The Midlands industrial and commercial property company A&J Mucklow has just bought its first investment property for more than two years, during which it let others chase prices to heights it considered uneconomic.
The property in question is a modern 48,000 square feet industrial "shed" next to an industrial estate Mucklow already owns in Leamington Spa. It has recently been let for £252,500, giving a yield of 6.8 per cent on the £3.7 million Mucklow paid for it.
Until recently Mucklow has been a net seller of properties, while quietly accumulating land for future developments.
"During the year we bought 29 acres of land," said Rupert Mucklow, chairman, yesterday. "We now have 50 acres, after having none at all two years ago."
He was presenting results for Mucklow's year to June in which the headline profit slipped by £3 million to £33.4 million - a setback due largely to smaller revaluation gains on the property portfolio.
Leaving these aside, along with profits from the sale of investment properties and the premium paid to buy back high-yielding debentures, the adjusted profit came out at £19.7 million up from £12 million the year before.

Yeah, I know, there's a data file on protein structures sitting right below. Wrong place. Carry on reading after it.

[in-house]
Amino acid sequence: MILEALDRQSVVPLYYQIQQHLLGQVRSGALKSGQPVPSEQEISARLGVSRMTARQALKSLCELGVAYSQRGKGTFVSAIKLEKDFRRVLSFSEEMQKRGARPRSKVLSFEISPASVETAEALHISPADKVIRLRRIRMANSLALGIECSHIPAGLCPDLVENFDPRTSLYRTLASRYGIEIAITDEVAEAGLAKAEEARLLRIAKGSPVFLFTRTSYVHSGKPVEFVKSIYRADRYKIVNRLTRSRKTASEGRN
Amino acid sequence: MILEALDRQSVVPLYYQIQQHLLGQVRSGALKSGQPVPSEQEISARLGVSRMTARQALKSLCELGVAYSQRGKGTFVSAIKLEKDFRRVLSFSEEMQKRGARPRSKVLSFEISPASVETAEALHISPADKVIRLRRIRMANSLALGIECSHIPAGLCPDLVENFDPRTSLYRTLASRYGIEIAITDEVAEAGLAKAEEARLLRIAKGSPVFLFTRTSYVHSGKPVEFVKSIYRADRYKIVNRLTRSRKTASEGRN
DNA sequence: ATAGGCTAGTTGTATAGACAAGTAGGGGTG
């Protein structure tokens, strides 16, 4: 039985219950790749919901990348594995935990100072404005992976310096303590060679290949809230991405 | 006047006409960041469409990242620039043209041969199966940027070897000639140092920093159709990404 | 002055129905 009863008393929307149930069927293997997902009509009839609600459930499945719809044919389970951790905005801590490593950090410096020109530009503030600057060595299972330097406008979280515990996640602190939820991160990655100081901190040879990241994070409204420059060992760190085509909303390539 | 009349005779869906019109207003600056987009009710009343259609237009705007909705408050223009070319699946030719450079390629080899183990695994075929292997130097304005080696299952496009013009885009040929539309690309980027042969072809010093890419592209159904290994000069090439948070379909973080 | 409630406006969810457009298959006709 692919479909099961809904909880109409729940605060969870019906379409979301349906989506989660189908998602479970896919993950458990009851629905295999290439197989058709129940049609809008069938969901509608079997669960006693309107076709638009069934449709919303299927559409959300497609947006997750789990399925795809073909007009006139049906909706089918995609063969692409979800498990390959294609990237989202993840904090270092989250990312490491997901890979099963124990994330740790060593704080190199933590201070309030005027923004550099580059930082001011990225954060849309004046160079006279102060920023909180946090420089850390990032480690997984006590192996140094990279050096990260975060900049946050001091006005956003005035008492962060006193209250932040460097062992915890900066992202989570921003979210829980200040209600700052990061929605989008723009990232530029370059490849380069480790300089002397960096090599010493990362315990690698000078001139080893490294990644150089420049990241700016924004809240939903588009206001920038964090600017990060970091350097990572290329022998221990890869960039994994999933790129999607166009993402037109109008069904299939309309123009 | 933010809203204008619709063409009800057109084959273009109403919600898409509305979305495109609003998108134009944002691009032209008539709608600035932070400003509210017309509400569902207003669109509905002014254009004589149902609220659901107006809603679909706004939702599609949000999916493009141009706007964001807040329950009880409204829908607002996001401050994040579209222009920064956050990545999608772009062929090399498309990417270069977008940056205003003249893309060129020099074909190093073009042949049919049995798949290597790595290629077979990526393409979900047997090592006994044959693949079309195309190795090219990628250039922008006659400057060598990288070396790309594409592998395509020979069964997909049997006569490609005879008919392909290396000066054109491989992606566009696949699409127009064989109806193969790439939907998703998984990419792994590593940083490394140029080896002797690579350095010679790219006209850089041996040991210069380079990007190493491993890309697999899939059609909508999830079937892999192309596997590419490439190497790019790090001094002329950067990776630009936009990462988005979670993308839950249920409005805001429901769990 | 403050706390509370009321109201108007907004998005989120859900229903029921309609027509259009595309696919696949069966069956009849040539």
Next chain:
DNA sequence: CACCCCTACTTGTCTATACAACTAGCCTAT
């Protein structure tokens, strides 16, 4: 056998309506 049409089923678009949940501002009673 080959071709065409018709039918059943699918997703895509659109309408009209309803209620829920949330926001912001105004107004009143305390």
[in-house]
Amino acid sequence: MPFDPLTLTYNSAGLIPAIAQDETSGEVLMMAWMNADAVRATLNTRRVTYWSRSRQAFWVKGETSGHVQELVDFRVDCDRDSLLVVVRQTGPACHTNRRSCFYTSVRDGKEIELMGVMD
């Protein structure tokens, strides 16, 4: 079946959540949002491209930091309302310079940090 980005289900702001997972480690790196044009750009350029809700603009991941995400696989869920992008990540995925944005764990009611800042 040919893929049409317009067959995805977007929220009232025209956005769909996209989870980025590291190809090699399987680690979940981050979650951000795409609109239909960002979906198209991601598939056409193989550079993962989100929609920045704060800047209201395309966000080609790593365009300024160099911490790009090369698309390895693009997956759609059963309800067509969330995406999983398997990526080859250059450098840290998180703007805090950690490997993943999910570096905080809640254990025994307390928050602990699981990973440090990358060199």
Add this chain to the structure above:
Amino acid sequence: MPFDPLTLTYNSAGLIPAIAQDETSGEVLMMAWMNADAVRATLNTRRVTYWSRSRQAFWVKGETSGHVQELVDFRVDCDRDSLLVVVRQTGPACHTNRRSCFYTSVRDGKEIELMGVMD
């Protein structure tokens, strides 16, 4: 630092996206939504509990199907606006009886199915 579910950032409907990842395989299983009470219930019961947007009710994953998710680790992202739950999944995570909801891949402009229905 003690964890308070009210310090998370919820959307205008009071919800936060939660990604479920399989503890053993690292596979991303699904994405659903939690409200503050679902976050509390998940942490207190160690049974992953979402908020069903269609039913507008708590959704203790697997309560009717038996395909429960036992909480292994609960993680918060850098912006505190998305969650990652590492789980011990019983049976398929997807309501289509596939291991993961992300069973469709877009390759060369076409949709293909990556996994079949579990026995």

Net assets rose to £259.3 million, or 445p a share, from £215.7 million. A final dividend of 8.04p gives shareholders a 7.4 per cent increase for the full year.
None of that prevented the shares from sinking another 8p yesterday to 342p only 2p above their 12-month low.
Shares in most property companies that decided, as Mucklow did, to adopt the newly permitted status of Real Estate Investment Trusts, or REITS, have been battered in recent
months. The move is costing Mucklow £5.7 million in a special tax - to be taken off the balance sheet, not the profit - plus some £200,000 in professional fees.
"We will save £2.3 million to £2.4 million a year in tax," Mr Mucklow pointed out. "It pays for itself after two years and we will stop paying capital gains tax."
The tax savings should also enable Mucklow to raise its dividend by a one-off 20 per cent next year. That points to a yield of 5.1 per cent on last night's share price. REITS companies are required to distribute 90 per cent of their income profits as dividends.
At a time when there is talk of the heavyweight Land Securities considering breaking itself up to lift its share price, Mr Mucklow is not despondent about prospects for property generally, or specifically in the Midlands.
"A bit of a correction and nervousness in the market is probably overdue and it could work in our favour as a smaller company," he said.